US5969664 *Sep 25, 1997Oct 19, 1999The United States Of America As Represented By The Secretary Of CommerceMethod for characterizing air traffic control radar beacon system antenna patterns
US6097338 *May 22, 1998Aug 1, 2000Airsys Navigation System GmbhInstrument landing system glide path transmitter device
US6414632May 21, 1999Jul 2, 2002Airsys Navigation System GmbhMonitoring of the phase angle of course and clearance signals in an instrument landing system
US6469655Feb 8, 2000Oct 22, 2002Airsys Navigation Systems GmbhSurveillance system for terrestrial navigational and airport landing systems
US7369902May 31, 2002May 6, 2008Omron CorporationSlave units and network system as well as slave unit processing method and device information collecting method
US7430451May 31, 2002Sep 30, 2008Omron CorporationSafety unit, controller system, connection method of controllers, control method of the controller system and monitor method of the controller system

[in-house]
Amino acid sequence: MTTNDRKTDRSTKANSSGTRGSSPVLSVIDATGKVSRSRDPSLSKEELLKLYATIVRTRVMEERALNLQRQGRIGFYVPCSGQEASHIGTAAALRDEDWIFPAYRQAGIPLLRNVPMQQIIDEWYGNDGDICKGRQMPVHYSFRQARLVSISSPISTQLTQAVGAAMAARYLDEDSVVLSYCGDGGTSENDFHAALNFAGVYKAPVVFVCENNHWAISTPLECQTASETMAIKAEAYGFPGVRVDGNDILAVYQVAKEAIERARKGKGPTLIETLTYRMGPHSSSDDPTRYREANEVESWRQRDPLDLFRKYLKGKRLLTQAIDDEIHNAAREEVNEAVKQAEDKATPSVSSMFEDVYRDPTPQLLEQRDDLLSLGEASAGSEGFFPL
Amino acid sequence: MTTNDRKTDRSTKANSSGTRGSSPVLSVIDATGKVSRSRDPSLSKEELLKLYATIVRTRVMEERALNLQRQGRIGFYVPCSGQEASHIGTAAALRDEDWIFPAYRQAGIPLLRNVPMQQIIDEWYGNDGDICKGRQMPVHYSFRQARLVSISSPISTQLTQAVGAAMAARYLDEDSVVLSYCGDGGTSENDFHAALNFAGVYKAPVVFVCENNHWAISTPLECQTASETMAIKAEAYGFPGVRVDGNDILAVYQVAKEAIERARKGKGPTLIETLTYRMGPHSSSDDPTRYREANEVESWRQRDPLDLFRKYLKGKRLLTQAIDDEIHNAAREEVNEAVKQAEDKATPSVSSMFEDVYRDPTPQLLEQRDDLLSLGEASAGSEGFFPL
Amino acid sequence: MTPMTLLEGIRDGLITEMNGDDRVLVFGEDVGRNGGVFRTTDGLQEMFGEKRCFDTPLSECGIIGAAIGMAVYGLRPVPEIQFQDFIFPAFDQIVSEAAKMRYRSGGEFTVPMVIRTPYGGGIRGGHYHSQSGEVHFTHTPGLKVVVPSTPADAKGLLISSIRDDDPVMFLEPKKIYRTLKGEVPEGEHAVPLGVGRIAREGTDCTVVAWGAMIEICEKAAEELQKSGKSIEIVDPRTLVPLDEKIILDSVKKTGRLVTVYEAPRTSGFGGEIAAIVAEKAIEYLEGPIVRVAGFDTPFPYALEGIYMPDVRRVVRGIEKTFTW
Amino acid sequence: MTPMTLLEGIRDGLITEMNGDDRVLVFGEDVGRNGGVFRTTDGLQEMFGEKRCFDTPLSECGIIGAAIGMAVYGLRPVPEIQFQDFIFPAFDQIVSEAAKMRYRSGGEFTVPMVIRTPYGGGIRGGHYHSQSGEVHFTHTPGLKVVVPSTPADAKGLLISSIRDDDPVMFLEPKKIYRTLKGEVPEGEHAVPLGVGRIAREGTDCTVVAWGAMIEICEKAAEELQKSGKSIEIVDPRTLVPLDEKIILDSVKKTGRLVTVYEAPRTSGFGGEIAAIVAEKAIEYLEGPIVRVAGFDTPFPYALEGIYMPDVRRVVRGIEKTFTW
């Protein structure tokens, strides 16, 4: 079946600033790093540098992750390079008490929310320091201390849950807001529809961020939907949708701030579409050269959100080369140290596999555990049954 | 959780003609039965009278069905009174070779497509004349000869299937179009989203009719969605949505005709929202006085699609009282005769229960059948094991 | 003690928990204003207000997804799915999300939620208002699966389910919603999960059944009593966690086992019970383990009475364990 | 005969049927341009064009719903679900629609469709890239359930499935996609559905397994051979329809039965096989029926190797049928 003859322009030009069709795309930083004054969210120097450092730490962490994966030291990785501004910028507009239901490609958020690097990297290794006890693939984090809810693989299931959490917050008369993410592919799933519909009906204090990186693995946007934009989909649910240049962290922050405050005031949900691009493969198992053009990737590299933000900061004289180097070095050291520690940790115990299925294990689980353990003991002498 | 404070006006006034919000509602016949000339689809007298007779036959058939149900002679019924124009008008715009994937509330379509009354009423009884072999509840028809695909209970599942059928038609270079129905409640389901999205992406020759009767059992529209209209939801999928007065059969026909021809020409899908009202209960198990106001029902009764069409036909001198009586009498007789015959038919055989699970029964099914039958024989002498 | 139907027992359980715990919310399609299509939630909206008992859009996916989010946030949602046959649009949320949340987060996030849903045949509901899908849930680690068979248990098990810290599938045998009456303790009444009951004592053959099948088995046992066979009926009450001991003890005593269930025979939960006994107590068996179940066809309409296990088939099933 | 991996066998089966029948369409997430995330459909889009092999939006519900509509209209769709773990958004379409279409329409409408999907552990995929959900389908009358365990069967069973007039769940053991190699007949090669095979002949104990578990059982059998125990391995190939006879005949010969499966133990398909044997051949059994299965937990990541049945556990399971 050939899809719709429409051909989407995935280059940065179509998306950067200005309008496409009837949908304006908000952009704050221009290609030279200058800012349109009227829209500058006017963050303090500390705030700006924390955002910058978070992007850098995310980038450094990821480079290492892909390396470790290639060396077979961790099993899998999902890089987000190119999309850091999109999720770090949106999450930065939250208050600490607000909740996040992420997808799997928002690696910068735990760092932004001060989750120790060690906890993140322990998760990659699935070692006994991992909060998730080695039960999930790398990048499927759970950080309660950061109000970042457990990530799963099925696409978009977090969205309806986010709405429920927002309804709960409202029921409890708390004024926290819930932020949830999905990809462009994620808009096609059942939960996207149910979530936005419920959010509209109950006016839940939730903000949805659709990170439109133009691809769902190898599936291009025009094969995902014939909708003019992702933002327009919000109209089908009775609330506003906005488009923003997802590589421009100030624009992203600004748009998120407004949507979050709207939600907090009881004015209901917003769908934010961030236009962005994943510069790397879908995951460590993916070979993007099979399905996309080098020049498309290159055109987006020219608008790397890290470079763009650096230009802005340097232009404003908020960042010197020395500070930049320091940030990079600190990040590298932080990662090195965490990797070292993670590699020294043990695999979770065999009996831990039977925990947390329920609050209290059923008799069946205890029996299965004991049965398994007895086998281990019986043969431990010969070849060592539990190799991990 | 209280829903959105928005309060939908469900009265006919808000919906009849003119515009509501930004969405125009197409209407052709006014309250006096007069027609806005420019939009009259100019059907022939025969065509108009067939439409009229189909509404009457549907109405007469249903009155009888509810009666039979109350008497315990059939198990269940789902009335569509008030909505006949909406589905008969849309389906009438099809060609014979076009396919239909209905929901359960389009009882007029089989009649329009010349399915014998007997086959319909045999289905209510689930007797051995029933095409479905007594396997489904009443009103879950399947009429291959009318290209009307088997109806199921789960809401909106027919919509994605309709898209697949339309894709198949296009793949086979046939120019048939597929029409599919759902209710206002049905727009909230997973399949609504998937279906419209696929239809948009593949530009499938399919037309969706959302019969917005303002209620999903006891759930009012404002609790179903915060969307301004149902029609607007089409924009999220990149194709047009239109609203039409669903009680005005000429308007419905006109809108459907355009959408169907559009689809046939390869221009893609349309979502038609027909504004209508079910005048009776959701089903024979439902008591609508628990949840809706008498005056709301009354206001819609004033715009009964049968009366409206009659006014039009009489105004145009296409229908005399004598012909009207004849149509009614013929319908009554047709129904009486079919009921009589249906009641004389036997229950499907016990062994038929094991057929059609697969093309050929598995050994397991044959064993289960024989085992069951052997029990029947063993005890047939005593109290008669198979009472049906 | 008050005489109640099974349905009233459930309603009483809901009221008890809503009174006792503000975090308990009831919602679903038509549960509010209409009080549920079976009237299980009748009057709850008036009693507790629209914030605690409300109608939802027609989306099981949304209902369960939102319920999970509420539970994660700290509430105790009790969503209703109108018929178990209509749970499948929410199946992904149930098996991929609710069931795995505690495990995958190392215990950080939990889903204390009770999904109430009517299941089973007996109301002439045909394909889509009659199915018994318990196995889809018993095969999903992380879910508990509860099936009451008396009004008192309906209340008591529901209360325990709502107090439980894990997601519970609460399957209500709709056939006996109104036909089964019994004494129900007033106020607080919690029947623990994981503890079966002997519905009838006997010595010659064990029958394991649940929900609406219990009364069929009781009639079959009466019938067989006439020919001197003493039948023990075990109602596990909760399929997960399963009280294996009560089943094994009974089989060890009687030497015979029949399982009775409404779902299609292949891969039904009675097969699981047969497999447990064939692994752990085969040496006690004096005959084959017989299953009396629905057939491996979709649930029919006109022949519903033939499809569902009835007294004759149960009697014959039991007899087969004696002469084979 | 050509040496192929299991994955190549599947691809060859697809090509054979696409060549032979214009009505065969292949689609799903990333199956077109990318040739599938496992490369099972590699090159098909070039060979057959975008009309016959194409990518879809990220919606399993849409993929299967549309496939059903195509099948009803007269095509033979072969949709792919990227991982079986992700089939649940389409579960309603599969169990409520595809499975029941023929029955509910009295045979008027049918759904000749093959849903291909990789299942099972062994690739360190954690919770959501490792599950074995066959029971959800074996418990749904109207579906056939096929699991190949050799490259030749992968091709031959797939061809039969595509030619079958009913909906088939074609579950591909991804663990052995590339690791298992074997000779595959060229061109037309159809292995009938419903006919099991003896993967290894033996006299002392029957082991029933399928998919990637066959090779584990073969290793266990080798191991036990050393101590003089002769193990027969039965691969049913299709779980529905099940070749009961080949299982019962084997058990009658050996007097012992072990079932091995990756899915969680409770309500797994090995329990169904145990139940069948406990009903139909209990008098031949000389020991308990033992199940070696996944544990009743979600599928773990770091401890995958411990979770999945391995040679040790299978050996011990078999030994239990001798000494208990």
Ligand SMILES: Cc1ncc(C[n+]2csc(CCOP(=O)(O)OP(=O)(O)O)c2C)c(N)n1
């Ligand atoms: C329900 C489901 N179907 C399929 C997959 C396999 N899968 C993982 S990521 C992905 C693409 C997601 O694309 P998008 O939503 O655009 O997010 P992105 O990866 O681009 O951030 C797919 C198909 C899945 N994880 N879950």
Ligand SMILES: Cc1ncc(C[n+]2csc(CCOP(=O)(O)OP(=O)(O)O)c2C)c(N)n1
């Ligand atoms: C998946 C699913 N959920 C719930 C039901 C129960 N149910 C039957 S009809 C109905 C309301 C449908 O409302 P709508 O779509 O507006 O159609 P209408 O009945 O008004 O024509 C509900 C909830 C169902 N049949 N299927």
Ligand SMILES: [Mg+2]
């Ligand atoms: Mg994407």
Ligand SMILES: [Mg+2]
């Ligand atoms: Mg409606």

US7472106 *Jun 21, 2002Dec 30, 2008Omron CorporationSafety network system and safety slave
US7791531 *Jan 24, 2008Sep 7, 2010Kabushiki Kaisha ToshibaVOR monitoring receiving apparatus and VOR monitor receiving method
US7813813Aug 8, 2008Oct 12, 2010Omron CorporationSafety unit, controller system, connection method of controllers, control method of the controller system and monitor method of the controller system
US20040210326 *May 31, 2002Oct 21, 2004Yasuo MunetaSafety unit controller system, controller concatenation method, controller system control method, and controller system monitor method
US20040210620 *Jun 21, 2002Oct 21, 2004Yasuo MunetaSafety network system and safety slave